The traditional method of checking chain tension is to measure the total movement in the chain at the midpoint between front and rear sprockets. Using a steel rule, I measured mine and found 35mm of slack. The Scrambler owner's manual recommends between 27 and 29mm.

Once tensioned using the Chain Monkey, there was 25mm of slack – a little tighter than recommended, but once everything settles down after a ride, I would expect this to be spot on.

I can't help thinking that this was more luck than judgement though, as the setting I used on the Chain Monkey (position 2) covered all chains between 10 and 13 mm, and with recommended slack of between 26 and 38mm – quite a wide range of variables, each of which could impact on the final tension of the chain.

Maybe I just struck it lucky, but I wouldn't be surprised if for some chain and slack combinations, some further adjustment would be needed.


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In case you threw yours away, here's the insert card


Value for Money

At £24.99, the engineering and quality that has clearly been put into the product shows through and my first inclination is to say that the Chain Monkey does provide value for money.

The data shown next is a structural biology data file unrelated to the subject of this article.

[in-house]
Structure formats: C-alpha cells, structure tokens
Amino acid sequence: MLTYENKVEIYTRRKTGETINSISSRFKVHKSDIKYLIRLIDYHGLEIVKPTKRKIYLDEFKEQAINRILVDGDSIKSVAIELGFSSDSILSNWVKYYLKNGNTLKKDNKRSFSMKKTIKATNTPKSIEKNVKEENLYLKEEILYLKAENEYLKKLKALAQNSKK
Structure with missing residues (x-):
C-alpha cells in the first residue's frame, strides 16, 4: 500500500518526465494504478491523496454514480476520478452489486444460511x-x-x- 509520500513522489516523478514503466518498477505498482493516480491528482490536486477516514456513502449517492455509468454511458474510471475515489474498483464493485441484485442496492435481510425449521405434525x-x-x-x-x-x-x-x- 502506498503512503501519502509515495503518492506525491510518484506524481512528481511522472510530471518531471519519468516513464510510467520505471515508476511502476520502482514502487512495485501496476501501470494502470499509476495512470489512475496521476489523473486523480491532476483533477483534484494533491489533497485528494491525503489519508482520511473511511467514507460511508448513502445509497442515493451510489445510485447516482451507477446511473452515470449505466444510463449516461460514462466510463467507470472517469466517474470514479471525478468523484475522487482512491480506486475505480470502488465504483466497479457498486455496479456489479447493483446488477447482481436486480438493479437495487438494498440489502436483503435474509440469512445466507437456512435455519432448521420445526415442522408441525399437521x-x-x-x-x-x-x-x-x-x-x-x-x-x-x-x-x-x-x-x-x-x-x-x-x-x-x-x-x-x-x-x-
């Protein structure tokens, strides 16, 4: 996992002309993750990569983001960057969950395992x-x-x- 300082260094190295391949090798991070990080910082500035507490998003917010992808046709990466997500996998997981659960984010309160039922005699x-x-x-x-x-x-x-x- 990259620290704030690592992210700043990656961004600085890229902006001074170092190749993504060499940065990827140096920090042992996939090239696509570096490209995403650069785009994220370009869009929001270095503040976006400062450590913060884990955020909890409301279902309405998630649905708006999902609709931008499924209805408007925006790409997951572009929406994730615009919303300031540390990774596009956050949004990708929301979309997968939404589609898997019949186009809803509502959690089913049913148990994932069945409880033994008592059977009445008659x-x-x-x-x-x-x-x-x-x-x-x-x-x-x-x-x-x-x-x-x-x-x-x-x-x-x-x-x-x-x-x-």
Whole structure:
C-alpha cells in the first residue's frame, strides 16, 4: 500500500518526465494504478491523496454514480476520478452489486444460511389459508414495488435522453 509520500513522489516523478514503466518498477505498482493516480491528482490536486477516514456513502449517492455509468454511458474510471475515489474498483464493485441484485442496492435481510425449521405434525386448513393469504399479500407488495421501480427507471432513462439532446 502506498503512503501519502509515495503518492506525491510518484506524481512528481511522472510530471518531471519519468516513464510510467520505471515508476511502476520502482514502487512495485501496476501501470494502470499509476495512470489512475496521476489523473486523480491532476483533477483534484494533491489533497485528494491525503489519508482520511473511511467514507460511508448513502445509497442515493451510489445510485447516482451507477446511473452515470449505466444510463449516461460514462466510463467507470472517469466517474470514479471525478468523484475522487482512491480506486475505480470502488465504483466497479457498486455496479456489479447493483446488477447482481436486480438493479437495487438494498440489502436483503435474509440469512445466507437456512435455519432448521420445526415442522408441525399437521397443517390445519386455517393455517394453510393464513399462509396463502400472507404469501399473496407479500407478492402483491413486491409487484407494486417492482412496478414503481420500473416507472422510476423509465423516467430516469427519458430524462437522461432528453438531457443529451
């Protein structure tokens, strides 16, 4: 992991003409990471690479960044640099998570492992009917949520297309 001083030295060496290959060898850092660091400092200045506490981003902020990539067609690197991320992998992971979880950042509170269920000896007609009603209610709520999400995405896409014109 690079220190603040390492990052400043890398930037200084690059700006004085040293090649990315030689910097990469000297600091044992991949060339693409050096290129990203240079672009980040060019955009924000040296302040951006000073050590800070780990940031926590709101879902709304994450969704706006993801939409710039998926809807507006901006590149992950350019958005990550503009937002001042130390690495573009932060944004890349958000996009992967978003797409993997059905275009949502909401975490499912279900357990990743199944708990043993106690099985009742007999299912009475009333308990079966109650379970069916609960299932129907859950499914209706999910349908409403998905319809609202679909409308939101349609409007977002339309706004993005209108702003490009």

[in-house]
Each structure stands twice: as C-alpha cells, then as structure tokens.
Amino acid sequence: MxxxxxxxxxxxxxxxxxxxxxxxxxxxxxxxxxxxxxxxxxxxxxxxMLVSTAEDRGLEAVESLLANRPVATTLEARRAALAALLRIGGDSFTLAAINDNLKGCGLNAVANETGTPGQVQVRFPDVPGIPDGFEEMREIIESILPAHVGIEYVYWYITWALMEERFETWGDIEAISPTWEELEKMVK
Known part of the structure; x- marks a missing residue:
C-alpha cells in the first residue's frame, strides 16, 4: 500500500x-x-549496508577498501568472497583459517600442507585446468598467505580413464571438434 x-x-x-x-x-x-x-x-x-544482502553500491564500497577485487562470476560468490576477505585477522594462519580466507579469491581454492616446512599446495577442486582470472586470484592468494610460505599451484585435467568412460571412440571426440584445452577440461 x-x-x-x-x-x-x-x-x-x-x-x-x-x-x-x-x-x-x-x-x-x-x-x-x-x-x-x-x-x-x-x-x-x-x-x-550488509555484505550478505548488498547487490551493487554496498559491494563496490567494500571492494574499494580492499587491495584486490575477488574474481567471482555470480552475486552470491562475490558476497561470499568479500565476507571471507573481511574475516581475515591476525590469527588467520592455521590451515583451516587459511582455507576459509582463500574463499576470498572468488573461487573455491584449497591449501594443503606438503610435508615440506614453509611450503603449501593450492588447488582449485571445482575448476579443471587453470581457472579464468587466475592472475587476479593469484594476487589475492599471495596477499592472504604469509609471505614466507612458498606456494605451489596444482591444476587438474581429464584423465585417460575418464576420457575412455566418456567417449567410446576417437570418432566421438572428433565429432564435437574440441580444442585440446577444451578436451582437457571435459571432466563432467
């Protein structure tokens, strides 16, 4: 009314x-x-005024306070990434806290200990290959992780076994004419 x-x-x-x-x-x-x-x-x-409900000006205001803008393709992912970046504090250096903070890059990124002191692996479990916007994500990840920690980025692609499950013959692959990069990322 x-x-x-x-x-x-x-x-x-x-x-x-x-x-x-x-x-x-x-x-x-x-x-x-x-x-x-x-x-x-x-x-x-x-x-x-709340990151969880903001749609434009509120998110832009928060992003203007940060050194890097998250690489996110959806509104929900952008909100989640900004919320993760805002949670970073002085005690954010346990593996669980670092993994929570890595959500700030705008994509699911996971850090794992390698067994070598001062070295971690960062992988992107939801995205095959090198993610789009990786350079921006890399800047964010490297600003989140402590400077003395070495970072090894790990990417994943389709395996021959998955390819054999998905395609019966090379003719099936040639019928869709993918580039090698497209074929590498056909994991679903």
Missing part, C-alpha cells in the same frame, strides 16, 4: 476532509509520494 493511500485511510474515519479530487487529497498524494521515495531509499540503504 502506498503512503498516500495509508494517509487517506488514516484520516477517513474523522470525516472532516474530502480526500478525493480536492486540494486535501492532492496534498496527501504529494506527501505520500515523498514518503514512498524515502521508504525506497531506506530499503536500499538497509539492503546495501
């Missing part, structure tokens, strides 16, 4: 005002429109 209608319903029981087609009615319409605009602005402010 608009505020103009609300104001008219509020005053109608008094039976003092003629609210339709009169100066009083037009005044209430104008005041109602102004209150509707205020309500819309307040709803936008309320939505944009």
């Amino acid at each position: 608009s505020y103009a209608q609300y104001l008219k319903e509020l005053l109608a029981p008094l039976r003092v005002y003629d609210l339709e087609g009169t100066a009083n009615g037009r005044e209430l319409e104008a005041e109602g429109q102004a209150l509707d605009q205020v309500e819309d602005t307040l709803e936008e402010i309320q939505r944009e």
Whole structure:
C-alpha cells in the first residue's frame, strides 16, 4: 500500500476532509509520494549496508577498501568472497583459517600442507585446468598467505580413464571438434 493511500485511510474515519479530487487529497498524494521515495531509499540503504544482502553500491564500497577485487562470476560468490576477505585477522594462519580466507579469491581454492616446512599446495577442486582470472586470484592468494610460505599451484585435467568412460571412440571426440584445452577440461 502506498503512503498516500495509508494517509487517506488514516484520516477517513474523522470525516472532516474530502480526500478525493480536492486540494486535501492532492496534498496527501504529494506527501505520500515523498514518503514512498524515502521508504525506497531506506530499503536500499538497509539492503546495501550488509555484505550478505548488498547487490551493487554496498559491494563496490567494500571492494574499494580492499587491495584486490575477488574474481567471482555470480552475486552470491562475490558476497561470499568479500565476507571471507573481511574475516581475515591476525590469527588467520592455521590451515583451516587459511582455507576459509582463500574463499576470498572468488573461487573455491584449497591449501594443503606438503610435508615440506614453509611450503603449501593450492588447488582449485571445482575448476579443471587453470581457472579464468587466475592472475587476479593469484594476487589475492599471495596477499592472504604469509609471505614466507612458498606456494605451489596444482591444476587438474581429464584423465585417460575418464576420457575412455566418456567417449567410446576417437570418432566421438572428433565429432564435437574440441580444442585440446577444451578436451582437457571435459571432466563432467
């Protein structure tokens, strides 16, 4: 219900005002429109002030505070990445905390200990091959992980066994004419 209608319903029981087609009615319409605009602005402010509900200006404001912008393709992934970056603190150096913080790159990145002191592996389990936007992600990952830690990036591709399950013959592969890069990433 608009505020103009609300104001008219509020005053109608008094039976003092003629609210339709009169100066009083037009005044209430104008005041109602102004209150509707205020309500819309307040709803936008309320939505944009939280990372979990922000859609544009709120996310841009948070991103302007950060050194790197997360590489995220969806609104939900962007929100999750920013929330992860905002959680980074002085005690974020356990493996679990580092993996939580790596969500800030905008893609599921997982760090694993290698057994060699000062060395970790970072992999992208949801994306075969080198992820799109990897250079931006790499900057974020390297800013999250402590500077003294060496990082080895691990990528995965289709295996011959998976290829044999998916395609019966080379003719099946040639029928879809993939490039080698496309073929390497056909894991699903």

In use though, I'm not quite as sure.

Most of the work around tightening your chain is still needed, with or without the Chain Monkey, so I can’t honestly say that it delivers it's advertised purpose of "set your chain tension quickly, easily and to precision".

It does give you a 'firm stop' position in the adjustment process so does provide a consistent and repeatable result and, if you have just one bike, then the initial set up only needs doing once, but for those of us with multiple bikes, setting up the Chain Monkey multiple times pretty much erodes any time savings against using a traditional steel rule and multiple adjustments.

The chunky construction of the body of the Chain Monkey means that it should last well, and therefore (as long you keep the reference chart) will be used on many future bikes.


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Once set, further use should be quick and easy


Tru-Tension Chain Tensioning tool - Verdict

Don't expect the Tru-Tension Chain Monkey to take all the work out of tensioning your chain. You'll still need to have the right tools, the right settings, and the right technique to measure your chain, recognise that adjustment is needed and adjust the chain, but it will take some of the guesswork out of the process.

Maybe I was expecting a little much from the Chain-Monkey, but I can't help feeling that it introduced more work on its initial use. For commuters and high mileage riders, it will no doubt provide some time savings and reassurance that adjustments are consistent, but for weekend riders, I think the traditional methods will prove just as effective.